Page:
MX vs. ATV Untamed Updated Hands-On

With its launch rapidly approaching, we take another spin on the Xbox 360 and PS3 versions of MX vs. ATV Untamed.


Last month, we checked out THQ's MX vs. ATV Untamed on all six of the platforms shipping this year. Our previous hands-on time was fairly short, and we didn't get a chance to experience much of the single-player campaign, save for a couple of races in each vehicle type. With the game scheduled to appear on shelves in mid December--just in time for Christmas--we've taken one last look at the game before it arrives on store shelves.

MXs are speedy, if a little fragile to ride.
MXs are speedy, if a little fragile to ride.

The build we saw last month was still in a preproduction state, but it was stable and complete enough to give us a good indication of the final version of the game. The code we're looking at this time around is not that much more advanced, with what we can only assume have been minor bug fixes and gameplay tweaks since we saw it last. Now that we've played the game on a few occasions, the real hit-home feature is that the vehicles feel genuinely different to control depending on what you're driving. The moto class handles and feels totally unlike the ATVs, and hopping into a dune buggy again completely changes the way you'll need to drive the track and navigate environmental hazards. It might not sound like a big deal, but we've played enough off-road (and indeed on-road) driving simulation games to know it's worth pointing out when it does occur. Rather than use one stock-standard physics model and rework the art of the tracks to give the illusion of variety, MX vs. ATV Untamed makes you feel like you're switching games when you swap vehicle classes.

Another huge feature of Untamed is the almost total rewrite of the competitor AI you'll encounter as you race. Rather than clump in sections on the track, acting as a rolling barricade to stop you from passing and taking the checkered flag, the other bikes, quads, and cars will really make you work for it, weaving through each other, cutting you off, and having accidents on the same landings and hairpins you will. It results in plenty of track debris, and we can't tell you how many times we were landed on by an overzealous rider looking to push it just that fraction too hard and causing us to crash.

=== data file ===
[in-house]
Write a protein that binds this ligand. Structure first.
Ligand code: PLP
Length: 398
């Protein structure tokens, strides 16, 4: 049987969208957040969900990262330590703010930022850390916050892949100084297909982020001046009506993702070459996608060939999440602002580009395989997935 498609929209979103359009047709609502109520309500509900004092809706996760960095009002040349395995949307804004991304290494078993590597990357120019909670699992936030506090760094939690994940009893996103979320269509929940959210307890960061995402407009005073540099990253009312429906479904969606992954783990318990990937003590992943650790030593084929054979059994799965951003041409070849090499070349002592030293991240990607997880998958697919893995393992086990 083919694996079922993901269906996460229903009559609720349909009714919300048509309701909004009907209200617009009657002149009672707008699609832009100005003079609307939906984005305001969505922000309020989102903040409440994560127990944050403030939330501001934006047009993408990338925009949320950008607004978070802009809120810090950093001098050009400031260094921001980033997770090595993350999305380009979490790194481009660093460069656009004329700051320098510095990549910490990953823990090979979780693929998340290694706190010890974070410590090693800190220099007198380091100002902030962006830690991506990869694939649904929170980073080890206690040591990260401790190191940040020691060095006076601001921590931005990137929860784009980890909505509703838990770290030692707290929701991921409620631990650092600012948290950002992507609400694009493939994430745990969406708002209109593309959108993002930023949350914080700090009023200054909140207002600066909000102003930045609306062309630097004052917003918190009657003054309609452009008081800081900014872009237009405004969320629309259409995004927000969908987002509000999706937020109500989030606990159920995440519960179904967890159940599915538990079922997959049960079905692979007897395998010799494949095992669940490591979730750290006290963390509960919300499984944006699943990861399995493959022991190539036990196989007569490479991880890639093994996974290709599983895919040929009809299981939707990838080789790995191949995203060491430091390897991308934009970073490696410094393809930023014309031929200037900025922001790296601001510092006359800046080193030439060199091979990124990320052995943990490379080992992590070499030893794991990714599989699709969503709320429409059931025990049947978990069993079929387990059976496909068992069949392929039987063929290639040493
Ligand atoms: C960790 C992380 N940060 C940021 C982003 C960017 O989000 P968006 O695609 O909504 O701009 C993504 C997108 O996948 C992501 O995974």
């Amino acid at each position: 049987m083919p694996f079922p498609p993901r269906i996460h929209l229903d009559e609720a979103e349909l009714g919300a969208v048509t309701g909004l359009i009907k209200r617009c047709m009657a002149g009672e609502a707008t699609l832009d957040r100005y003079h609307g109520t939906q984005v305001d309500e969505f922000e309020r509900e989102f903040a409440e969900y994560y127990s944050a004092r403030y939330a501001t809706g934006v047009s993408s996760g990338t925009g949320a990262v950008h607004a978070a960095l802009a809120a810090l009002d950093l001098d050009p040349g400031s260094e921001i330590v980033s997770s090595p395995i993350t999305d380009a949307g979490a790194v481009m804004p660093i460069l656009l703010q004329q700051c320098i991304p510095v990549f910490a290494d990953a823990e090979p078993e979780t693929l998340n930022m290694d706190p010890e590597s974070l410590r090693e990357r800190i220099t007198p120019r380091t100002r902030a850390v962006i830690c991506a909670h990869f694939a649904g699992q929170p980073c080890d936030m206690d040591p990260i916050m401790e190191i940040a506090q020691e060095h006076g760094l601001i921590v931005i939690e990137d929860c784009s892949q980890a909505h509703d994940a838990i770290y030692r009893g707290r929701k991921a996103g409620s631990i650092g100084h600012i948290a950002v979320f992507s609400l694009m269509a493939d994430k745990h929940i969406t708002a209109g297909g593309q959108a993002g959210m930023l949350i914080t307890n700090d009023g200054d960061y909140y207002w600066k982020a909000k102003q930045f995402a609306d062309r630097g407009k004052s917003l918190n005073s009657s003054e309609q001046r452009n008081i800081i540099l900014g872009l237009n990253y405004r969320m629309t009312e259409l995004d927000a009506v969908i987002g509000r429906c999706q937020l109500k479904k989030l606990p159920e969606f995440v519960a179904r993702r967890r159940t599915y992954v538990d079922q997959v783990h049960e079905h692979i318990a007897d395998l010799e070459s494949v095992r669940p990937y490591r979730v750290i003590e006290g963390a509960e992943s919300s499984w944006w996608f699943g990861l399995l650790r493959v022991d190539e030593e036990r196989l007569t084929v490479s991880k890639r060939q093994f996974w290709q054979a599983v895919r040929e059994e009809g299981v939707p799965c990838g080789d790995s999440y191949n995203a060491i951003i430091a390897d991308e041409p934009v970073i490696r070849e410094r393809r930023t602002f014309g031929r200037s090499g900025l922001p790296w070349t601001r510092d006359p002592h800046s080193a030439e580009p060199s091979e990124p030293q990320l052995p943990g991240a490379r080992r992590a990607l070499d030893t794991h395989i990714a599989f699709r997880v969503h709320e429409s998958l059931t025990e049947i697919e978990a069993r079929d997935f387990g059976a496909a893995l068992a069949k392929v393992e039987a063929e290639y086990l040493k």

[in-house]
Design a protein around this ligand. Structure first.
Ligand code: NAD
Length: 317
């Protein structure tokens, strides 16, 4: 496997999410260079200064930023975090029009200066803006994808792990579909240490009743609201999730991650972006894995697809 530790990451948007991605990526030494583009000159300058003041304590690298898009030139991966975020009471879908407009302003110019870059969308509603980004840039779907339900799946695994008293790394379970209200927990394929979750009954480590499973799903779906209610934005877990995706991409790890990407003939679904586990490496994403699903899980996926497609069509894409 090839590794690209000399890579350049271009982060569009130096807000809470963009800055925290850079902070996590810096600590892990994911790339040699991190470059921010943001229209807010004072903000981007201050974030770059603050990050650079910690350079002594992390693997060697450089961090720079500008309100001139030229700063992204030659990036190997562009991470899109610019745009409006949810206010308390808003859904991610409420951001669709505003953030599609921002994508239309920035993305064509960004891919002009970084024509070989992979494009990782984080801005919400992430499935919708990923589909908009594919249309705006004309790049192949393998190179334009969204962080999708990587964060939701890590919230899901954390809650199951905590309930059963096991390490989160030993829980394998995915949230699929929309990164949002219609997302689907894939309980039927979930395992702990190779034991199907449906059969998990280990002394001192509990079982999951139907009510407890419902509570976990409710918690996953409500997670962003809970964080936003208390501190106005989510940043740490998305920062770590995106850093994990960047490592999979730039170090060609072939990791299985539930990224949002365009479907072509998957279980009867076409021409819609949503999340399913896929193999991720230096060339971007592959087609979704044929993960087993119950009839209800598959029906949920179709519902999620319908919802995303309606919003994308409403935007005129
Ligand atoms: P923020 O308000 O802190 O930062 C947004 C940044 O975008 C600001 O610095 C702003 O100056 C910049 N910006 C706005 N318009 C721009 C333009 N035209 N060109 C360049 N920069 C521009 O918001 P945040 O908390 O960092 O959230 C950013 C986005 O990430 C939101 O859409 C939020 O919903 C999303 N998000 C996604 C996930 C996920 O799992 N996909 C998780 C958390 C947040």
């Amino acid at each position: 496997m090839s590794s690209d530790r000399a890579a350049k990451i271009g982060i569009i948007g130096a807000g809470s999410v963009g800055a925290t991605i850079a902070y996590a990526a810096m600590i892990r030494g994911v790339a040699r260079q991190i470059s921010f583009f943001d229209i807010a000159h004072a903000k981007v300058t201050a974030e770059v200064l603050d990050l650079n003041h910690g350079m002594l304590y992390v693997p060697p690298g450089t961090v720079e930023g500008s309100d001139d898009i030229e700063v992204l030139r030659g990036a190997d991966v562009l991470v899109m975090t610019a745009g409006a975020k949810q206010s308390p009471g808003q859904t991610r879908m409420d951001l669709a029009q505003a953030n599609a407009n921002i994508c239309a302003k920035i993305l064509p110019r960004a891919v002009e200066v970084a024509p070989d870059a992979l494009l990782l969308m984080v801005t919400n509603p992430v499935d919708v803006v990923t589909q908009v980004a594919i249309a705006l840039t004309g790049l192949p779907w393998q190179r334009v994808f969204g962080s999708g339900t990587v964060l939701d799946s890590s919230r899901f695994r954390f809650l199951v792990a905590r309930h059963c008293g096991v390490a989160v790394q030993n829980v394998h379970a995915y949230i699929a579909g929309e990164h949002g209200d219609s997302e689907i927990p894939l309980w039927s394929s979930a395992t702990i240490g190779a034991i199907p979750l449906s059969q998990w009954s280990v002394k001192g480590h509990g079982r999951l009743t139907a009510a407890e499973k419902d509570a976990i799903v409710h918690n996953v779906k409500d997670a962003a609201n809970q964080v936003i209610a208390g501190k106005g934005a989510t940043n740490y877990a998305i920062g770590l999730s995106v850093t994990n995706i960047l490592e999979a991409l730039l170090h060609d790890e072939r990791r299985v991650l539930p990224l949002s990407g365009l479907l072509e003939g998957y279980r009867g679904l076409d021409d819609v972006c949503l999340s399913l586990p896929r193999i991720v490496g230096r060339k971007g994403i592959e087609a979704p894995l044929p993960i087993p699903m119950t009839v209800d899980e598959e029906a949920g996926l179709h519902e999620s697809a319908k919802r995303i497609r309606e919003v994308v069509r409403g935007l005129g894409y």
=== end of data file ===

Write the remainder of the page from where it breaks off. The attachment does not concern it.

The preload mechanic is the bread and butter of racing in Untamed--learn it, live it, love it. Being able to successfully launch and land will not only keep your competitors at bay, but will shave valuable seconds off your lap times. Properly timing a preload is the difference between doubling and tripling jumps and rolling over them like a rank amateur in dud surf.

The PlayStation 3 version of MX vs. ATV Untamed includes Sixaxis support, giving you the option to hold the right trigger to accelerate and then steer by twisting and turning the controller to move the vehicle. Each vehicle has its own parameters and handles quite differently. This means that larger vehicles such as monster trucks are easy to drive because they hold their line quite well with a large wrist turn, but it also means you won't be able to maneuver quickly away from oncoming hazards or other drivers. Bikes, in comparison, are quite twitchy, and a sharp wrist flick can send your bike spinning like a top.

Eager MX vs. ATV devotees need wait only about another month before the game goes on shelves in North America. The Xbox 360 and PS3 versions are quite similar, both visually and in terms of gameplay, but whether or not Sixaxis will be enough to push gamers trying to make a decision between the two versions remains to be seen.

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